Death Rays from Space
The Crab Nebula supernova remnant seen in infrared with the Spitzer space telescope. Cosmic rays are being accelerated at the outer edge of the expanding blast wave.
Credit: NASA/JPL-Caltech/R. Gehrz (University of Minnesota)
Cosmic rays pour down on Earth like a constant rain. We don’t much notice these high-energy particles, but they may have played a role in the evolution of life on our planet.
Some of the mass extinctions identified in the fossil record can be linked to an asteroid impact or increased volcanism, but many of the causes of those ancient die-offs are still open for debate.
"There may have been nearby astronomical goings-on that drastically increased the radiation on Earth," says Brian Fields from the University of Illinois.
A supernova going off 30 light years away could cause such a jump in radiation on our planet that could directly, or indirectly, wipe out huge numbers of species. Currently researchers are looking for possible evidence for this sort of cosmic foul play.
"Just finding dead beasties is not proof of a nearby supernova," Fields says.
A hard rain is going to fall
Cosmic rays are mostly high-energy protons, with some electrons, positrons and heavy nuclei mixed in. Their energies range over 14 orders of magnitude, with the most energetic cosmic rays flaunting a billion times more energy than is possible in man-made particle accelerators on Earth.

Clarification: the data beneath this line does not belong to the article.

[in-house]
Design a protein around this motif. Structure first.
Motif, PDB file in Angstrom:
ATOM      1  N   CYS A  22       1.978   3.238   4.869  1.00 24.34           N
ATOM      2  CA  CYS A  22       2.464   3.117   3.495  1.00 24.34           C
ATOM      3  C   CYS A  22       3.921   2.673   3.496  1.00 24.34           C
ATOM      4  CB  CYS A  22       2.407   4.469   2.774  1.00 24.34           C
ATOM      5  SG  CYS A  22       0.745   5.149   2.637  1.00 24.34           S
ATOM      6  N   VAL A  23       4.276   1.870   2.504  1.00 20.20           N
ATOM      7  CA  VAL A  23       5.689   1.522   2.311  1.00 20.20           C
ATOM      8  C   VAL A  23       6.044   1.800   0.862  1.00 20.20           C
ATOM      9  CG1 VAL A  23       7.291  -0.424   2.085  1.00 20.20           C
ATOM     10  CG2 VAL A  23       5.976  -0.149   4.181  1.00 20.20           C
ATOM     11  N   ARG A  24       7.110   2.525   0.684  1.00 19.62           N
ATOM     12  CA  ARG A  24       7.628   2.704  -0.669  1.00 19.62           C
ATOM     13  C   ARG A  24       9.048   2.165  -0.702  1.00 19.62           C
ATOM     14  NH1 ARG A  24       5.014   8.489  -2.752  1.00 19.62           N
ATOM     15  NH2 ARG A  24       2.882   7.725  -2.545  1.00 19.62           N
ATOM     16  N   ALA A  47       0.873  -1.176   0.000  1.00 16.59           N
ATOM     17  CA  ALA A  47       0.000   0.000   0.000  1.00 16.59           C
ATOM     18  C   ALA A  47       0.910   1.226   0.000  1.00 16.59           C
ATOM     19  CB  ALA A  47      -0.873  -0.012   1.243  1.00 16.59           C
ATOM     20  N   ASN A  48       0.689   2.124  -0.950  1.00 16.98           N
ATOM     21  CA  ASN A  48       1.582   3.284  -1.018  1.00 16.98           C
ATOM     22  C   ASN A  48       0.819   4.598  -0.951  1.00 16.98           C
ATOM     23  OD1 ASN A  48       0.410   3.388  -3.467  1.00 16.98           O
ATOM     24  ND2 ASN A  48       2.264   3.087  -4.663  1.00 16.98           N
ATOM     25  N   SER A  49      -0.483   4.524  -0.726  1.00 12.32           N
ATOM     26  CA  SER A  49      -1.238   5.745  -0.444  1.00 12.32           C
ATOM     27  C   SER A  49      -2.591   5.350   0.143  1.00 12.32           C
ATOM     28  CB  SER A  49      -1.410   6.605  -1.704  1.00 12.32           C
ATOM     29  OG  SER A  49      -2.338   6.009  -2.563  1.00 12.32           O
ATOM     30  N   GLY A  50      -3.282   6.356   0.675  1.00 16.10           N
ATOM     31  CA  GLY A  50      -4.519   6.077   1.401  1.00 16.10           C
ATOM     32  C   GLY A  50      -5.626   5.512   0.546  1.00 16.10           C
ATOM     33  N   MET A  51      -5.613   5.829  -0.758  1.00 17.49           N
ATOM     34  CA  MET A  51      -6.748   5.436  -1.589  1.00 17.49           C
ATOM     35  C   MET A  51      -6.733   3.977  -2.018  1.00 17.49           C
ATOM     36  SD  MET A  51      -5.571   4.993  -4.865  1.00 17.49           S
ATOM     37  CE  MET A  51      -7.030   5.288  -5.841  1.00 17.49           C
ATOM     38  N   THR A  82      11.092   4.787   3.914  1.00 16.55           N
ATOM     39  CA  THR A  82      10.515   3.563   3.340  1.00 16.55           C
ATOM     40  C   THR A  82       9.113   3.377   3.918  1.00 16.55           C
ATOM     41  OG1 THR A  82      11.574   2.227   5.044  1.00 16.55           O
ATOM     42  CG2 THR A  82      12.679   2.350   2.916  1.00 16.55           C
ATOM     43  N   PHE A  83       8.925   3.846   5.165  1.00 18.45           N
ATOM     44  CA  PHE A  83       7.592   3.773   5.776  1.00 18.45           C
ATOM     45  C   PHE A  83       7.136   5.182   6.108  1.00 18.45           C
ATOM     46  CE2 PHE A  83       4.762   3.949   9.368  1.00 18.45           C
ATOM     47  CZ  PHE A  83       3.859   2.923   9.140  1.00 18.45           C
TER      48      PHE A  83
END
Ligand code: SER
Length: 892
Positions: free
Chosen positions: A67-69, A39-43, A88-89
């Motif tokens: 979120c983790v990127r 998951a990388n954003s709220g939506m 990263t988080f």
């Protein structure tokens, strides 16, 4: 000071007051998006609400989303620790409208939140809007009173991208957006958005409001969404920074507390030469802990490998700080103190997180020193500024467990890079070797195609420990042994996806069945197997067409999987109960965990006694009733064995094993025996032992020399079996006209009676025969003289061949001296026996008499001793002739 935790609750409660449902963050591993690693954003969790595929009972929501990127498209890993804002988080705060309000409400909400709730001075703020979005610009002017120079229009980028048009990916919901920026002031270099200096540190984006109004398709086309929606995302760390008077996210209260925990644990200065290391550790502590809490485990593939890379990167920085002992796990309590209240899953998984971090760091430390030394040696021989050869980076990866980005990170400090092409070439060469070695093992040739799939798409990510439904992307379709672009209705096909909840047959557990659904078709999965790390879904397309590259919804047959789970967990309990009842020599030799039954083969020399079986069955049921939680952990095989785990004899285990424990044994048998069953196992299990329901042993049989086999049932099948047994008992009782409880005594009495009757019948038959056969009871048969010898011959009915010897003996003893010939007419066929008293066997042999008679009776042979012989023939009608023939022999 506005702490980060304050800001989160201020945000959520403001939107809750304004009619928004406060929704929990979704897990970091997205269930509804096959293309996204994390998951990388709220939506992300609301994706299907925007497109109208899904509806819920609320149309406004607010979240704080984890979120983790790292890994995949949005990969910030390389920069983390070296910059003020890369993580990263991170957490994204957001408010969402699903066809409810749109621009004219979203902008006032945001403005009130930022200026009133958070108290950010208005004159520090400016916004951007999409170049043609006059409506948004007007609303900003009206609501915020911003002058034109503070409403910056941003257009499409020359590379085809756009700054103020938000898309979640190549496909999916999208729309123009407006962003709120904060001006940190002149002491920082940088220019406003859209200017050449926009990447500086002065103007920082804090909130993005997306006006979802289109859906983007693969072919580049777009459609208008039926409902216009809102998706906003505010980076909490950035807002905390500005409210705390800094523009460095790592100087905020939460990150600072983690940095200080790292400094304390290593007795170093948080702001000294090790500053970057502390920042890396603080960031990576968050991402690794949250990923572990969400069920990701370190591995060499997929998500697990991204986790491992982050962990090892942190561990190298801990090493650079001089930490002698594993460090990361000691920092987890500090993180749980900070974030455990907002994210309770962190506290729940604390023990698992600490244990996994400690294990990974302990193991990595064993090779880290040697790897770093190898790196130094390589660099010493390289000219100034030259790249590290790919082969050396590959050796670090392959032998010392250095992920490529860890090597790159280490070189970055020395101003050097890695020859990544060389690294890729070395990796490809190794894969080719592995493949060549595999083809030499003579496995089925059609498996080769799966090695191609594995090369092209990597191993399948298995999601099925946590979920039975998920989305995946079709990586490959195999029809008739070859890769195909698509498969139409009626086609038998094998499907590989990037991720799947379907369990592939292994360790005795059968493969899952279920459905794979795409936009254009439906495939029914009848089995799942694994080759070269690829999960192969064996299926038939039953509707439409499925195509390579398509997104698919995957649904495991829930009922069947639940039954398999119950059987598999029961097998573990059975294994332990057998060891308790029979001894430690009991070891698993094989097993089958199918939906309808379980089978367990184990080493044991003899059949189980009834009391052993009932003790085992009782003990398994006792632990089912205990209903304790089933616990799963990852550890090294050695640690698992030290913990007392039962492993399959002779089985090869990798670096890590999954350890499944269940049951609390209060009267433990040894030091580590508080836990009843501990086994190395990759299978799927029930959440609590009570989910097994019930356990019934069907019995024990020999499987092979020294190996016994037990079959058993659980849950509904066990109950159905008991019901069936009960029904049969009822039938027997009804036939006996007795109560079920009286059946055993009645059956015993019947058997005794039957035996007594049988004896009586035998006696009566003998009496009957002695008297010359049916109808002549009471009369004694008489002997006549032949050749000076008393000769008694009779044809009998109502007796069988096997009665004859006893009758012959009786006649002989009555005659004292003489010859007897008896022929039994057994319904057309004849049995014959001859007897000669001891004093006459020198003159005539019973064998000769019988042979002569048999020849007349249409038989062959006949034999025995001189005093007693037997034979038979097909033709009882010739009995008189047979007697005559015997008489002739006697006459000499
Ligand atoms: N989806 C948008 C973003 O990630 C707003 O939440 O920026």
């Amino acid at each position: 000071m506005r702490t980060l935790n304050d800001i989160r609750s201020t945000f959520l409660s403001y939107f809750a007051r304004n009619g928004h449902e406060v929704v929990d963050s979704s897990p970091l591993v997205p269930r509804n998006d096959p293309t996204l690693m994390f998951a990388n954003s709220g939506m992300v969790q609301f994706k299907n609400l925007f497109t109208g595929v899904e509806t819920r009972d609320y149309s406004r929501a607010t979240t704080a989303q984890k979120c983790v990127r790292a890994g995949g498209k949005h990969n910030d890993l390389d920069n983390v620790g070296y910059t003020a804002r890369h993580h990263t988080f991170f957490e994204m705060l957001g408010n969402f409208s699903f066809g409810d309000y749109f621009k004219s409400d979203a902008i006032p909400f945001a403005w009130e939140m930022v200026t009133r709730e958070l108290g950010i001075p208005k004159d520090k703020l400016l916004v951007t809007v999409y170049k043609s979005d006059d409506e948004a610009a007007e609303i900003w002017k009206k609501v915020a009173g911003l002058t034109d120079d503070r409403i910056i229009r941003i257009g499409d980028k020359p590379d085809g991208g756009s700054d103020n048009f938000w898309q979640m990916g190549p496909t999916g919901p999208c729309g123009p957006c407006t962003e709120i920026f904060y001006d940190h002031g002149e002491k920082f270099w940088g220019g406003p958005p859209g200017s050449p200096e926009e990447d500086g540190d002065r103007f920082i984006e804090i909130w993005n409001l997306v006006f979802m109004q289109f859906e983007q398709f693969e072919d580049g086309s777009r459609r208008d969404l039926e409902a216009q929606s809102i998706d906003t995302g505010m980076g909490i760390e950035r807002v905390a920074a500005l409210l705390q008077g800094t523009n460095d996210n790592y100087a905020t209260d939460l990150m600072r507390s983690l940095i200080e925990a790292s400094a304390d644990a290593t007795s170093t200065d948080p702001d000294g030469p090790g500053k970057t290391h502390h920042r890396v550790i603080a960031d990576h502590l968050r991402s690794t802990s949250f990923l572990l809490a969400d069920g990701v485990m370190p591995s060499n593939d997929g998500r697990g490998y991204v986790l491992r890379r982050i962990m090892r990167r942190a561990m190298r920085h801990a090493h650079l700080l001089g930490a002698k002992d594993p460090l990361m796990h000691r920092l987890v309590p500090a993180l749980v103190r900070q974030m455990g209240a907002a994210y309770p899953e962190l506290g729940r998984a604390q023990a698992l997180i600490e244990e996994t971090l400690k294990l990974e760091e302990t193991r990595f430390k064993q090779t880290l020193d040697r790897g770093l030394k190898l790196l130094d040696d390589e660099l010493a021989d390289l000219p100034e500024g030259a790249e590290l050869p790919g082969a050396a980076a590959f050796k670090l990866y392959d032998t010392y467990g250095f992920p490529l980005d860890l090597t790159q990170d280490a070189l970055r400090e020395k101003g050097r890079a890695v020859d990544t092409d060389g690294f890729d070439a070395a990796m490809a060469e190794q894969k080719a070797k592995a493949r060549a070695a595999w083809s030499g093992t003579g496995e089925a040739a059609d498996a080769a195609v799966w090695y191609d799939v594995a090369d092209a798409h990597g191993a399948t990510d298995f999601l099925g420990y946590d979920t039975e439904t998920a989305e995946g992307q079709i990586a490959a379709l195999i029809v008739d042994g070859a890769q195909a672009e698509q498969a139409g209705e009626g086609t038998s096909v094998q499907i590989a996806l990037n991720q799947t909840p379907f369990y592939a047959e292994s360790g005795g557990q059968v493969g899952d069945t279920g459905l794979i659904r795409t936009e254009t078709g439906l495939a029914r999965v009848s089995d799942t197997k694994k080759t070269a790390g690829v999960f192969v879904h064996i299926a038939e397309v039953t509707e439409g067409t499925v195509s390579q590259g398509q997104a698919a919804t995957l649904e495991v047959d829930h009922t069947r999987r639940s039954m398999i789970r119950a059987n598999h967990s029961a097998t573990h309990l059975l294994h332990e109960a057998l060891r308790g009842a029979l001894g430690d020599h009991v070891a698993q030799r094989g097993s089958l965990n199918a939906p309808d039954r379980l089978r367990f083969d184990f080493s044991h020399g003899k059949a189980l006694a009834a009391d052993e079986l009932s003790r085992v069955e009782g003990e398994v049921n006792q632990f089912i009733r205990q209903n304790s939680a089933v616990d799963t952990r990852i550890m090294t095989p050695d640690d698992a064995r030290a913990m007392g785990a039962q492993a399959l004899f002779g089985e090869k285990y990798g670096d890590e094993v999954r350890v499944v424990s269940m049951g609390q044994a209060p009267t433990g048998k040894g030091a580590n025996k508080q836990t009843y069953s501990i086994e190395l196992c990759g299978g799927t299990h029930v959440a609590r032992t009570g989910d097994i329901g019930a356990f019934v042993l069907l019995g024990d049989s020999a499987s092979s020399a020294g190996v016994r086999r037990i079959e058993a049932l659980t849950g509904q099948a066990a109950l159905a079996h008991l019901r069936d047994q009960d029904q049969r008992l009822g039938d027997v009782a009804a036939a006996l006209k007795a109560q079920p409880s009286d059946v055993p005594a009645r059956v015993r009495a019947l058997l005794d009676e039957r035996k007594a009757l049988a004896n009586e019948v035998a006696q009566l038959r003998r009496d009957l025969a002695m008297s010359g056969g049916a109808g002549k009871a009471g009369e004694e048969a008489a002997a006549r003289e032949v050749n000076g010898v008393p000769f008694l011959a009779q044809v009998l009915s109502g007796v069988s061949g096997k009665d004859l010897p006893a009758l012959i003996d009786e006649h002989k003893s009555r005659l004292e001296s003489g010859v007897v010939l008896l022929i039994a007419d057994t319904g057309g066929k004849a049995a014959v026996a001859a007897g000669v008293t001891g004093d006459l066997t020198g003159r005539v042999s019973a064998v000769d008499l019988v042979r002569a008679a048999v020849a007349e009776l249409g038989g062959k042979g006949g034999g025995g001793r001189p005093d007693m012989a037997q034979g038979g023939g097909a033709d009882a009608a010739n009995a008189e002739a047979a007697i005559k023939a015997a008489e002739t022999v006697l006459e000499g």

The current understanding is that most cosmic rays originate in the shock waves that emanate from supernova explosions. We can’t precisely trace where a cosmic ray came from because its trajectory is bent by magnetic fields. In fact, a typical cosmic ray will bounce inside the galaxy’s magnetic field for millions of years before eventually colliding with something… like Earth.
"Every square centimeter on the top of the Earth’s atmosphere is hit by several cosmic rays per second," Fields says. "This is forever going on."
None of these "primary" cosmic rays ever reach us on the ground. Instead, they collide with atoms in the upper atmosphere, creating a shower of lower energy "secondary" particles.
Kepler’s supernova remnant seen in X-rays by the Chandra space telescope.
Credit: NASA/ESA/R. Sankrit and W. Blair (Johns Hopkins University)
At sea level, the majority of cosmic ray secondaries are highly penetrating muons. About 10,000 muons pass through our bodies every minute. Some of these muons will ionize molecules as they go through our flesh, occasionally leading to genetic mutations that may be harmful.
At present, the average human receives the equivalent of about 10 chest X-rays per year from cosmic rays. We shouldn’t be alarmed by this, since it is just part of the natural background radiation under which humans and our ancestors have been exposed to for eons. Indeed, cosmic-ray-induced mutations may sometimes be beneficial.